The two islands we stayed on (Cocoa Island and Huvafen Fushi) would make the perfect two-hotel pairing for a Smith getaway – they’re both half an hour in opposite directions from Male, so it only took us just over and hour to get from one to the other, and whilst they’re both beautiful and luxurious retreats, they’re a total contrast in style and ambience. Huvafen Fushi really has the wow factor, with high-tech gadgets for Mr Smith to fiddle with and private plunge pools in all the rooms. It’s very very cool, and the staff team on the island are great fun.
That whole resort is renowned for its luxurious atmosphere – any other particularly decadent features?
Huvafen Fushi is the perfect place for those that take their hedonism seriously. Their spa is to die for, and has super-cool underwater treatment rooms. When you check in, you are introduced to your own Thakuru, or Maldivian Butler, whose mobile number is pre-programmed into your room’s phone. They’ll pick you up at the drop of a hat and zoom you wherever you want to go in a golf buggy, and generally help you with anything you need (even obtaining a replacement contact lens in my case – thanks Nashath!).
They have a fabulous underground wine cellar where GM Marc, who is a brilliant host, holds an amazing dinner every Thursday, surrounded by 6,000 bottles of wine. There are loads of other decadent aspects of Huvafen, but half the fun is discovering them for yourself, so I’m not going to spoil it…. Apart from to say, ask them about spending the night on a dhoni, stargazing from Lonu Veyu (a little sea pool) and eating in their ‘secret’ restaurant, Cardamom Lounge….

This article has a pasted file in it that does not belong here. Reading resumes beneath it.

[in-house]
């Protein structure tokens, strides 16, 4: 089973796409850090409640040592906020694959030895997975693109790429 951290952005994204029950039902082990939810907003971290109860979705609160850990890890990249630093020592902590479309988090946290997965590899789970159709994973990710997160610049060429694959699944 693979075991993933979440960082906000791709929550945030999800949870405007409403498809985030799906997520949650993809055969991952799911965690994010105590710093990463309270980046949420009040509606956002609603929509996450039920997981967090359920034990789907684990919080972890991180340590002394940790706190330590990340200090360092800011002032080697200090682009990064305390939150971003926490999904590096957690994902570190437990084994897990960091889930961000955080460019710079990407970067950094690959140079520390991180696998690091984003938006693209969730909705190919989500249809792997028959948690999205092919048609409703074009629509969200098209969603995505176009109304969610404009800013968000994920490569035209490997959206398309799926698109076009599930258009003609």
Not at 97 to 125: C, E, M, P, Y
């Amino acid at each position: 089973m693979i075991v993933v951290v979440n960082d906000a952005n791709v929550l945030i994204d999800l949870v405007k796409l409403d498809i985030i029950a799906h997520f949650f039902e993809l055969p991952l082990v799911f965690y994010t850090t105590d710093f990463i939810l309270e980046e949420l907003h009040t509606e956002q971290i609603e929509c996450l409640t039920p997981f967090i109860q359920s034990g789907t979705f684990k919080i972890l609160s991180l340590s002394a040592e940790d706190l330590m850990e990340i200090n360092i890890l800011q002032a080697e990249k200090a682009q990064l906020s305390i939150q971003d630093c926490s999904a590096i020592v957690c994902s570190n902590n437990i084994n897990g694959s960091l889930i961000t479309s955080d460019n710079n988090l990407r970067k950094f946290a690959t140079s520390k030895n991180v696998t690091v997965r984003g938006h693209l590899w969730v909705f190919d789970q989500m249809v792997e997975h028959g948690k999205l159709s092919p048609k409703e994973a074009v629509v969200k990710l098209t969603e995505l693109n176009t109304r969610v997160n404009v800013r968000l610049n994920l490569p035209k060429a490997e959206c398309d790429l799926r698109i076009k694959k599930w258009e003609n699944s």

And how is Cocoa Island different from Huvafen Fushi?
By contrast, Cocoa Island is a much quieter, far more understated take on luxury: privacy is highly valued and respected. It’s a very special place. The rooms (all set out over the water) are breathtakingly beautiful – all white panelled walls and crisp linen awnings that float in the breeze. We stayed in a one-bedroom villa, the most spacious and private room type…
Ooh, get you!
It’s a tough job… but I had a nosey around rooms in all the different categories, and I can safely say they’re all lovely, but my other favourite was definitely the Dhoni Loft Suites, Cocoa Island’s second-cheapest room type….
I know you’re a beach bunny by nature, but did you get up to anything much other than lying supine on the sunlounger?
Hmm, not really! Although I treated myself to some gorgeous spa treatments (for professional research purposes only you understand). Cocoa Island features the Como Shambhala spa, where focus is on Ayurvedic influences and aromatheraputic treatments. And Huvafen Fushi’s gorgeous over-the-water spa uses a little-known range of products from Australia called Li’tya, which I loved discovering.
And just because I didn’t want to do anything particularly strenuous doesn’t mean you can’t: it goes without saying that water sports are right on your doorstep, snorkelling, diving, all boxes ticked.
Ok – I think we’ve heard quite enough from you about your ‘work’! I’m off to have another look at the Maldives collection (and maybe check availability for December!)